The irony of 'Iron Man 2'
"Iron Man 2," arguably the 2010 blockbuster season's most anticipated movie, is entertaining for most of its two-hour length, with its mix of cheeky dialogue and dazzling special effects.
As with the similarly effects-laden "Sherlock Holmes," the main reason to see "IM2" is Robert Downey Jr., reprising his role as billionaire Tony Stark, aka Ironman. There are strong supporting performances, especially by Gwyneth Paltrow, back as Pepper Potts. Scenes with Downey and Paltrow, filled with libido-charged sarcasm, are the film's best.
Don Cheadle, impressive as always, is Stark's military liaison. Samuel L. Jackson, as Nick Fury, does persuasive menace so well. Sam Rockwell plays Stark's armaments rival, Justin Hammer, with braying simplicity. Scarlett Johansson portrays Stark's new hire as a blank cipher who transforms from Natasha Romanoff to Black Widow. Garry Shandling as a Pennsylvania senator bears an uncanny resemblance to Sen. Arlen Specter.
Mickey Rourke kicks his Oscar-nominated performance in "The Wrestler" up a notch as Ivan Vanko, aka Whiplash for a World Wrestling Entertainment cage-match face-off with Iron Man.
Director Jon Favreau ("Iron Man," "Elf"), also Stark's aide de camp, Happy Hogan, working from a screenplay by Justin Theroux ("Tropic Thunder") based on the Stan Lee-Jack Kirby Marvel comic book, paces "IM2" in eight-10 minute segments, alternating action set pieces (Monaco Grand Prix Race, for example) with character-driven scenes (Stark and Pepper Potts).
Explanations about the Arc reactor (the device in Stark's chest that gives him super powers) and other science fiction tech stuff are kept to a staccato-speech minimum.
Globe-trotting, jet-set scenes (Russia, Malibu, Monaco, New York City), jokey dialogue ("Don't say wind farm. I'm already feeling gassy."), fast cars (Audi V-10, Rolls Royce) and slick editing convey a James Bond movie vibe.
The real-life Los Angeles International Airport area's Randy's Donuts scene between Downey as Iron Man and Jackson as Nick Fury is a pulp fixation right out of "Pulp Fiction." Cameos by CNN's Christiane Amanpour and Fox News' Bill O'Reilly lend a contemporary reality. It's a credit to Favreau's skill that he can make C-Span compelling.
The Unisphere and observatory towers from the 1964-'65 World's Fair in Flushing Meadows, Queens, N.Y., sets the stage for the climactic confrontation (as happened in "Men in Black").
If you've seen some of this before, it's not only because "IM2" is a sequel. The irony of "Iron Man 2" is that the film borrows from many super-hero action movies. Iron Man, after all, is nothing less than a one-man Transformer.
The Tony Stark-Pepper Potts romance recalls Superman and Lois Lane.
Stark's cute household servo units owe a debt to "Short Circuit." The huge, clashing, banging battle bots, not unlike those in "Avatar" and "Star Wars," extend in concept back to "Terminator" and "RoboCop."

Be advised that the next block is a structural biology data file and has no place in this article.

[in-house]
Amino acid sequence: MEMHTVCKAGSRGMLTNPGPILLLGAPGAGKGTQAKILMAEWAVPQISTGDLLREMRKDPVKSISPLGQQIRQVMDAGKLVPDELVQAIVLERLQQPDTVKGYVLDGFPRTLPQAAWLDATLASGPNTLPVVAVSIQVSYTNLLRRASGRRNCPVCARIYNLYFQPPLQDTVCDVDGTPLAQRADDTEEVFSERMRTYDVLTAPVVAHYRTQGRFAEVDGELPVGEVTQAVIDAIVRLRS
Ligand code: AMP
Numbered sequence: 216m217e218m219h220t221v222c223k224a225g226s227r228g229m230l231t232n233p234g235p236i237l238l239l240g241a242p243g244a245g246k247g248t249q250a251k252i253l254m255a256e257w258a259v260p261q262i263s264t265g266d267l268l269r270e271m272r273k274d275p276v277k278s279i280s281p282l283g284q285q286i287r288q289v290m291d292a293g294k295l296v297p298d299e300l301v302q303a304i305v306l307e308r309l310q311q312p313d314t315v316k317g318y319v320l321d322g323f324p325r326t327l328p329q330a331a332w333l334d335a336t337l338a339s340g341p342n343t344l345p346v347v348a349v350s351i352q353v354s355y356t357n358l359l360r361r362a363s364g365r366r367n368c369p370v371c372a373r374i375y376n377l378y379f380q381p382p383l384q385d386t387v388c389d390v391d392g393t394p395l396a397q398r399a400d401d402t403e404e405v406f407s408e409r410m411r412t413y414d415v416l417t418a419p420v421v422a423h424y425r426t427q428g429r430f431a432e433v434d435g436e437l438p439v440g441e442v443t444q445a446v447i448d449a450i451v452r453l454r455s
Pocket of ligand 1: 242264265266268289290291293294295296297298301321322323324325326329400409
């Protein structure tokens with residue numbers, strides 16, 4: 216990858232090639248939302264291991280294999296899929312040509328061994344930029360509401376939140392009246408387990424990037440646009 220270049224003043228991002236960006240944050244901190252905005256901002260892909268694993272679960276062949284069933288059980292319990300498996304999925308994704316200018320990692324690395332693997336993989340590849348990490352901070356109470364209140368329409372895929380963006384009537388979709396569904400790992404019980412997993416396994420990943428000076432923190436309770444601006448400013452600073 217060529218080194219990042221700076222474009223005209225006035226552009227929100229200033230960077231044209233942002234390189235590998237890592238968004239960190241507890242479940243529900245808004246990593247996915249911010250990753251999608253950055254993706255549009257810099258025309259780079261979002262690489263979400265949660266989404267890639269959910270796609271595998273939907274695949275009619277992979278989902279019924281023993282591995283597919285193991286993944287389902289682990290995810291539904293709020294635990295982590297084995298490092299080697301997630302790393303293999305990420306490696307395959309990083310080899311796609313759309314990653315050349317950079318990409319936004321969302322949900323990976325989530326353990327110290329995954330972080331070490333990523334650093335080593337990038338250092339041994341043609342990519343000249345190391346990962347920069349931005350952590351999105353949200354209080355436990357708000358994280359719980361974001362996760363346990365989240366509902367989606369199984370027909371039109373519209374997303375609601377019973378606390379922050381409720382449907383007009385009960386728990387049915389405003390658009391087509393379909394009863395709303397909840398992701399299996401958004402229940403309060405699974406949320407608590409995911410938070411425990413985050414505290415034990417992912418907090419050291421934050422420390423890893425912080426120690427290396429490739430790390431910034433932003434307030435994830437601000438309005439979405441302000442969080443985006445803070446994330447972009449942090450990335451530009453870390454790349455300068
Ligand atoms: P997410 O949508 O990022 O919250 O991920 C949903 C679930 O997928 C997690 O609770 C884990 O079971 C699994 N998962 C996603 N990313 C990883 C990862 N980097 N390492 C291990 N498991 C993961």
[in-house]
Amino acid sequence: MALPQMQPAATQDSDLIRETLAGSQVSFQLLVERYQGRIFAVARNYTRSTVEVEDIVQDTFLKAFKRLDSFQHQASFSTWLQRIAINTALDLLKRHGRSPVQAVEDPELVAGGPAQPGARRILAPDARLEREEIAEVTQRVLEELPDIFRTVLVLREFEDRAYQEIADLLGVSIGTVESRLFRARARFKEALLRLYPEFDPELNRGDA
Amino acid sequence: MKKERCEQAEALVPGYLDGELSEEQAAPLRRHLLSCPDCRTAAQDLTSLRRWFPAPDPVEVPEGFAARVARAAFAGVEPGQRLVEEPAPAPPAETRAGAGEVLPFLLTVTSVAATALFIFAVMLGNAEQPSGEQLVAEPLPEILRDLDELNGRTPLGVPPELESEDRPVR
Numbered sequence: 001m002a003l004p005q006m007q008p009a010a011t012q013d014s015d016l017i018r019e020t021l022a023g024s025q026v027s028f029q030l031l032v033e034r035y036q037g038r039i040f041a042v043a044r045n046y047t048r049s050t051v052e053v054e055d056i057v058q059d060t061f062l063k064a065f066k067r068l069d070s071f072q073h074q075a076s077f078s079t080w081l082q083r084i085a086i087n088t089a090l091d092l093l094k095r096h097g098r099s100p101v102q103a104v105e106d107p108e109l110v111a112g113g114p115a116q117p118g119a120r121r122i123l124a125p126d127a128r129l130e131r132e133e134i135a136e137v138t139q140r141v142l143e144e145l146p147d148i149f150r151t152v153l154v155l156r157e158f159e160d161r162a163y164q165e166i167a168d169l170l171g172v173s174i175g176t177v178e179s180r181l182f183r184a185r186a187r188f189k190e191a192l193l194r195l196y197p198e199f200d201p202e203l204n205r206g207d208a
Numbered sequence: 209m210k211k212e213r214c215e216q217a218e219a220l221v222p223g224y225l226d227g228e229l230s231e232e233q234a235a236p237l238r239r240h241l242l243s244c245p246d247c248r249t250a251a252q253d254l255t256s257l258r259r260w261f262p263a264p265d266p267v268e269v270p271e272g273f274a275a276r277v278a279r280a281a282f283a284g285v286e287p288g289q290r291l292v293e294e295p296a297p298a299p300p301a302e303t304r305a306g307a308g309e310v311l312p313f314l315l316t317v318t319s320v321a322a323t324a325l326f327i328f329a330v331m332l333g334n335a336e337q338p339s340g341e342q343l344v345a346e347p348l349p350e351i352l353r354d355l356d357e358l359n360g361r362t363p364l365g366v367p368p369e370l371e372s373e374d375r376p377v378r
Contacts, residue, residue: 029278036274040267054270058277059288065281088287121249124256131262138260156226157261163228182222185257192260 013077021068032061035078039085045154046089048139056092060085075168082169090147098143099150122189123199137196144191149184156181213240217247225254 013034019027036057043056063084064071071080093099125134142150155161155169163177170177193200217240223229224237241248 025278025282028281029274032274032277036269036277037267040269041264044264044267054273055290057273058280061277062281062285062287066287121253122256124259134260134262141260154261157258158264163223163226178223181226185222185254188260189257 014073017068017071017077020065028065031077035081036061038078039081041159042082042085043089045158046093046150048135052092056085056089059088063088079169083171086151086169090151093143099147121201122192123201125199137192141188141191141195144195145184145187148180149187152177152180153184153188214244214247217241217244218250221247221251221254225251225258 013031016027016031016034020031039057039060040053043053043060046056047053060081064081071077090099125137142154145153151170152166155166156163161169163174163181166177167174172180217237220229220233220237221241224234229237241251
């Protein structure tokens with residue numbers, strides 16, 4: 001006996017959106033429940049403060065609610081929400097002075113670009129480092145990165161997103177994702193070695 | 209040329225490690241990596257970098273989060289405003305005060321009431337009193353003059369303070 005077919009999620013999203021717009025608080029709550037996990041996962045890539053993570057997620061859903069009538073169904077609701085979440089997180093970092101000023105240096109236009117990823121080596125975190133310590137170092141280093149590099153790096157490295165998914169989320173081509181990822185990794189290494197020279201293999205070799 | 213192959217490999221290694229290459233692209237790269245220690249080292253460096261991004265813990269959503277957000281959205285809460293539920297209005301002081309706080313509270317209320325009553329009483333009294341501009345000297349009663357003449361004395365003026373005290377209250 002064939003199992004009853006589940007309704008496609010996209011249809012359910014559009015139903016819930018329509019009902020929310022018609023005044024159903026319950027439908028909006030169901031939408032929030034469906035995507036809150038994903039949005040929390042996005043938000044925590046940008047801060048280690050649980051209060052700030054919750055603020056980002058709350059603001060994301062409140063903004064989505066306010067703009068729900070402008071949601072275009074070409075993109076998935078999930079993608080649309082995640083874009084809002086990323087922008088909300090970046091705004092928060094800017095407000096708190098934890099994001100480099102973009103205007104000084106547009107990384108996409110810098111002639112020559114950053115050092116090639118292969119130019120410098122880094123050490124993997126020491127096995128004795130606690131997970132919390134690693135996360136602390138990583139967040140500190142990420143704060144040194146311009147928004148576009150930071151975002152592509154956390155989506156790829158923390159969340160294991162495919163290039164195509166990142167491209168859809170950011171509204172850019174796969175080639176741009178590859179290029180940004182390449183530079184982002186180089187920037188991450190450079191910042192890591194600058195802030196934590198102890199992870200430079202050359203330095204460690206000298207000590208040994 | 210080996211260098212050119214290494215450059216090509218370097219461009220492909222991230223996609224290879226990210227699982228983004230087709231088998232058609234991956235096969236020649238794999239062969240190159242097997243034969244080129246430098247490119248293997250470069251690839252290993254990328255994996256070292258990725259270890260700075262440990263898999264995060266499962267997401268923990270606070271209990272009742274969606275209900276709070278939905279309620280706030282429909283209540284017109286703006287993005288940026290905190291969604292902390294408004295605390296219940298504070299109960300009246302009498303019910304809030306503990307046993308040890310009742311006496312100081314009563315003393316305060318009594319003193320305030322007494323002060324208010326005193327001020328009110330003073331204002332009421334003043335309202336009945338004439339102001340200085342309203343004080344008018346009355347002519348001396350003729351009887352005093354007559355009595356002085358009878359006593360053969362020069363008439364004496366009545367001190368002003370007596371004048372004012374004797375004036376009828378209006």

The movie concludes with AC/DC's "Highway to Hell." No irony there. "Iron Man 2" is to movies what heavy metal is to music.
"Iron Man 2": MPAA Rated PG-13 (Parents Strongly Cautioned. Some material may be inappropriate for children under 13) for sequences of intense sci-fi action and violence, and some language; Genre: Action, Adventure, Science Fiction, Thriller; Run Time: 2 hr., 4 min.; Distributed by Paramount.
Credit Readers Anonymous: After the concluding "Iron Man 2" credits roll, there's an approximate three-minute scene in New Mexico where the anvil of Thor has been found, setting the stage for "The Avengers" movie.
Box Office, May 7, "Iron Man 2" opened at No. 1 with $133.6 million, fifth best-ever opening weekend. "Iron Man" opened with $98.6 million the same weekend in 2008.
2. "A Nightmare on Elm Street," $9.1 million, $48.5 million, two weeks; 3. "How to Train Your Dragon," $6.7 million, $201 million, seven weeks; 4. "Date Night," $5.3 million, $80.8 million, five weeks; 5. "The Back-Up Plan," $4.3 million, $29.4 million, three weeks; 6. "Furry Vengeance," $4 million, $11.6 million, two weeks; 7. "Clash of the Titans," $2.3 million, $157.8 million, six weeks; 8."Death at a Funeral," $2.1 million, $38.3 million, four weeks; 9. "The Losers," $1.8 million, $21.4 million, three weeks; 10. "Bebes," $1.5 million, opening
Unreel, May 14: "Robin Hood," rated PG-13, is director Ridley Scott's latest interpretation of late 12th century legend, Robin Hood (Russell Crowe). Cate Blanchett plays the widow Marion.
"Letters to Juliet," rated PG, stars Allentown native Amanda Seyfried as Sophie, a young woman vacationing in Verona, Italy, who finds an unanswered "Letter to Juliet," the letter writer (Vanessa Redgrave) and her own true love.
"Just Wright," rated PG: Leslie Wright (Queen Latifah) is a physical therapist attracted to a basketball player (Common), who is her patient. But he's putting the full-court press on her friend. Still, the Queen's got game.
Three Popcorn Boxes out of Five Popcorn Boxes